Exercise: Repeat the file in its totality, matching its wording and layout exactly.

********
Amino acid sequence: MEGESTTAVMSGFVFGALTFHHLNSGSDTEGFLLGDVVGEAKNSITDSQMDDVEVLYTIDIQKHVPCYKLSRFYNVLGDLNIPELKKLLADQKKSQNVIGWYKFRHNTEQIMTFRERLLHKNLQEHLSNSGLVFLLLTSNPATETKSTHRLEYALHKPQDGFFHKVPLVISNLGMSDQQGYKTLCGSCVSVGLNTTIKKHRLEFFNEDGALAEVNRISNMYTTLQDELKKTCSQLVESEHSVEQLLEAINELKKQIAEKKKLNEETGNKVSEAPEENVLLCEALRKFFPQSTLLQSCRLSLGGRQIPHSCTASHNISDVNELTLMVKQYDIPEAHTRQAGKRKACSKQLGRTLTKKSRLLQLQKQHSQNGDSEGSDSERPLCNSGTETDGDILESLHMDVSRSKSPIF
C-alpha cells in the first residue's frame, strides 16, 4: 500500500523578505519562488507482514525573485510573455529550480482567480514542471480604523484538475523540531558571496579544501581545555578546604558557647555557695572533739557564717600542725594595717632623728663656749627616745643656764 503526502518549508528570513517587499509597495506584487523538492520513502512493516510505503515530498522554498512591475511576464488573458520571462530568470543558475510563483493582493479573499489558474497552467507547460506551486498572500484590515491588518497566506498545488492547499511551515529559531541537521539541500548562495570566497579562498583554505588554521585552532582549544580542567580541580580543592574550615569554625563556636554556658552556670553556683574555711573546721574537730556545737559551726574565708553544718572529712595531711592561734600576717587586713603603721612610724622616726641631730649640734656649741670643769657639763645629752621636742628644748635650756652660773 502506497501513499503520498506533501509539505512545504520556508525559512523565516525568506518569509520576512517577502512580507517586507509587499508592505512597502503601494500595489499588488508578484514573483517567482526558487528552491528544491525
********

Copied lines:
Amino acid sequence: MEGESTTAVMSGFVFGALTFHHLNSGSDTEGFLLGDVVGEAKNSITDSQMDDVEVLYTIDIQKHVPCYKLSRFYNVLGDLNIPELKKLLADQKKSQNVIGWYKFRHNTEQIMTFRERLLHKNLQEHLSNSGLVFLLLTSNPATETKSTHRLEYALHKPQDGFFHKVPLVISNLGMSDQQGYKTLCGSCVSVGLNTTIKKHRLEFFNEDGALAEVNRISNMYTTLQDELKKTCSQLVESEHSVEQLLEAINELKKQIAEKKKLNEETGNKVSEAPEENVLLCEALRKFFPQSTLLQSCRLSLGGRQIPHSCTASHNISDVNELTLMVKQYDIPEAHTRQAGKRKACSKQLGRTLTKKSRLLQLQKQHSQNGDSEGSDSERPLCNSGTETDGDILESLHMDVSRSKSPIF
C-alpha cells in the first residue's frame, strides 16, 4: 500500500523578505519562488507482514525573485510573455529550480482567480514542471480604523484538475523540531558571496579544501581545555578546604558557647555557695572533739557564717600542725594595717632623728663656749627616745643656764 503526502518549508528570513517587499509597495506584487523538492520513502512493516510505503515530498522554498512591475511576464488573458520571462530568470543558475510563483493582493479573499489558474497552467507547460506551486498572500484590515491588518497566506498545488492547499511551515529559531541537521539541500548562495570566497579562498583554505588554521585552532582549544580542567580541580580543592574550615569554625563556636554556658552556670553556683574555711573546721574537730556545737559551726574565708553544718572529712595531711592561734600576717587586713603603721612610724622616726641631730649640734656649741670643769657639763645629752621636742628644748635650756652660773 502506497501513499503520498506533501509539505512545504520556508525559512523565516525568506518569509520576512517577502512580507517586507509587499508592505512597502503601494500595489499588488508578484514573483517567482526558487528552491528544491525